By mid-June, the 872 United Methodist congregations of the Holston Conference expect to take a significant offering that will help create new ministries or strengthen existing programs that help families and individuals struggling with addiction.
“Resurrection begins at Easter. It doesn’t end at Easter,” said the Rev. Tim Jones, director of communications. “As Easter people in Holston Conference, we want to celebrate new life and resurrection through ministries that address the opioid crisis.”
A SPECIAL OFFERING
United Methodist churches will take special offerings throughout May, then take their offerings to the Holston Annual Conference held June 9-12 in Lake Junaluska, North Carolina. “The funds will then be distributed through grants to churches that want to fight drug addiction in their communities,” said Jones.
Every year, the Holston Conference collects more than $100,000 for a designated mission. In 2018, church members gave $110,191 for South Sudanese children and pastors living as refugees in Uganda. In 2017, church members gave $105,588 to provide education and care for children in Zimbabwe.
Holston Conference leaders chose opioid addiction as their 2019 mission focus after surveying church members indicated it as a disease affecting many families in their communities, Jones said.
The United Methodist Church’s Book of Discipline states: “We commit ourselves to assisting those who suffer from abuse or dependence, and their families, in finding freedom through Jesus Christ and in finding good opportunities for treatment, for ongoing counseling, and for reintegration into society.”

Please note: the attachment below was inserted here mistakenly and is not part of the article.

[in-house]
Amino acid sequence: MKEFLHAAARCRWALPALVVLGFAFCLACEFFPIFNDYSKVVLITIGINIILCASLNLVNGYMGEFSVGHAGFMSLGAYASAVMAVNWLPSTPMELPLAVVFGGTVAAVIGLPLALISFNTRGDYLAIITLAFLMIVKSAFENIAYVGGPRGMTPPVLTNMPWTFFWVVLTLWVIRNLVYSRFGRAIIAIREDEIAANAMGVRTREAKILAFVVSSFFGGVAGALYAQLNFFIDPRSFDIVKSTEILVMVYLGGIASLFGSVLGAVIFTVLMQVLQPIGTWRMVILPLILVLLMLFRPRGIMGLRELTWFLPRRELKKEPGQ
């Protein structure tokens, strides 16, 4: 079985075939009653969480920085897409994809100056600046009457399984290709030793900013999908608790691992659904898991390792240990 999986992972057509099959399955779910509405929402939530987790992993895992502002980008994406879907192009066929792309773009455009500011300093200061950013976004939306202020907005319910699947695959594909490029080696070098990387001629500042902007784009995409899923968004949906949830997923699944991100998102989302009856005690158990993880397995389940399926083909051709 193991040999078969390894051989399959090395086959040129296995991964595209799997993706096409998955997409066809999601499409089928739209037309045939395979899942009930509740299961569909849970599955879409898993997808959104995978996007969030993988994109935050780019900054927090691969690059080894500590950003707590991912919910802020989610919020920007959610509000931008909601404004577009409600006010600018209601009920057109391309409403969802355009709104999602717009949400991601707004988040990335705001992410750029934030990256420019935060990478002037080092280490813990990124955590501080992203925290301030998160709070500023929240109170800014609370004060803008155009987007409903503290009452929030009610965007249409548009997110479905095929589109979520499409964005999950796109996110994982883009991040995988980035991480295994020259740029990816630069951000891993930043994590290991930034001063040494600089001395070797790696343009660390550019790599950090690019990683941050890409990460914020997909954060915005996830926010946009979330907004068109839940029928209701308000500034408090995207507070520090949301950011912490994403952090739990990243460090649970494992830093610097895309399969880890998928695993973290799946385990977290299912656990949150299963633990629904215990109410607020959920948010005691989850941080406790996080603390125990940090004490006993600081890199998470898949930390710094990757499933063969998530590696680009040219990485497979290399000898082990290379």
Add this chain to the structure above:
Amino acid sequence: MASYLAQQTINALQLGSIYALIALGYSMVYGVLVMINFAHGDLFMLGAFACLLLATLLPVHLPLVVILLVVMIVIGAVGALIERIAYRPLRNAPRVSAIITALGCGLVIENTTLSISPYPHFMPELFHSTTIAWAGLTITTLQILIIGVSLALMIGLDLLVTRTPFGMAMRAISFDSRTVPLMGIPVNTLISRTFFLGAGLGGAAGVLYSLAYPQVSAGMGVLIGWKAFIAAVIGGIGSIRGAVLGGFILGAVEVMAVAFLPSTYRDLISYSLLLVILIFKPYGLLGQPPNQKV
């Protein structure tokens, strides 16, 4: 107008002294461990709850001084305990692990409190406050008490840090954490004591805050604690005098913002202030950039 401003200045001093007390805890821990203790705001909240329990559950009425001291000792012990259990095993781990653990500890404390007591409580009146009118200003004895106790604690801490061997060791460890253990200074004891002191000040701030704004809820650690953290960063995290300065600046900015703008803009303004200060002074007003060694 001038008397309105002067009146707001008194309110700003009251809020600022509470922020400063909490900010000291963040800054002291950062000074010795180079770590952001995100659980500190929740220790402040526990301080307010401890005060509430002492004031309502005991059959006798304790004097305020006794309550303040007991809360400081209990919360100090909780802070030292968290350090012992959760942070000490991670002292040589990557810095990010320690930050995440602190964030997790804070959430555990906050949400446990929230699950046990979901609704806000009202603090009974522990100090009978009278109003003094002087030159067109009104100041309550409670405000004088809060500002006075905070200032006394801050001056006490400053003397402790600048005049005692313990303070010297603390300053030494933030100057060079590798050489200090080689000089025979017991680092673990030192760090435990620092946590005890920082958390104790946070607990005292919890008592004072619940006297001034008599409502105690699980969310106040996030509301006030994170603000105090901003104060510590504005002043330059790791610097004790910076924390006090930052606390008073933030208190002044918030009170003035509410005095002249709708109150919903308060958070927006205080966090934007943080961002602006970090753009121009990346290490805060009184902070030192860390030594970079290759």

LOCAL CHURCHES OFFER SUPPORT
Several United Methodist churches in the Tri-Cities area already host recovery worship or related support groups, including Crossroads, First Broad Street and Shades of Grace in Kingsport; First Bristol; Gate City; Lebanon Memorial; Munsey Memorial in Johnson City; Piney Flats; and State Street.
The grants will not only support those ministries but will also inspire other ways congregations can prevent drug abuse or support families struggling with addiction, such as:
• Providing transportation to attend support groups.
• Hosting “sober living” activities.
• Providing meals or child care for grandparents raising the children of addicted parents.
• Partnering with law enforcement or hospitals to host prescription “take-back” events.
“I am extremely thankful to see our annual conference address this epidemic with tangible means of support,” said the Rev. Will Shewey, pastor at Shades of Grace. “I believe every community of faith is struggling with the questions surrounding this health crisis.
“From dealing with this in our Shades of Grace storefront setting, I am convinced that without intervention and deliverance, people with addictions ultimately face incarceration, institutionalization or death,” Shewey said. “As United Methodist congregations, we stand in the gap between literal life and death.”
The Holston Conference includes about 160,000 members in East Tennessee, Southwest Virginia, and North Georgia. The organization’s main office is located in Alcoa, Tennessee.
For more information, visit Holston.org.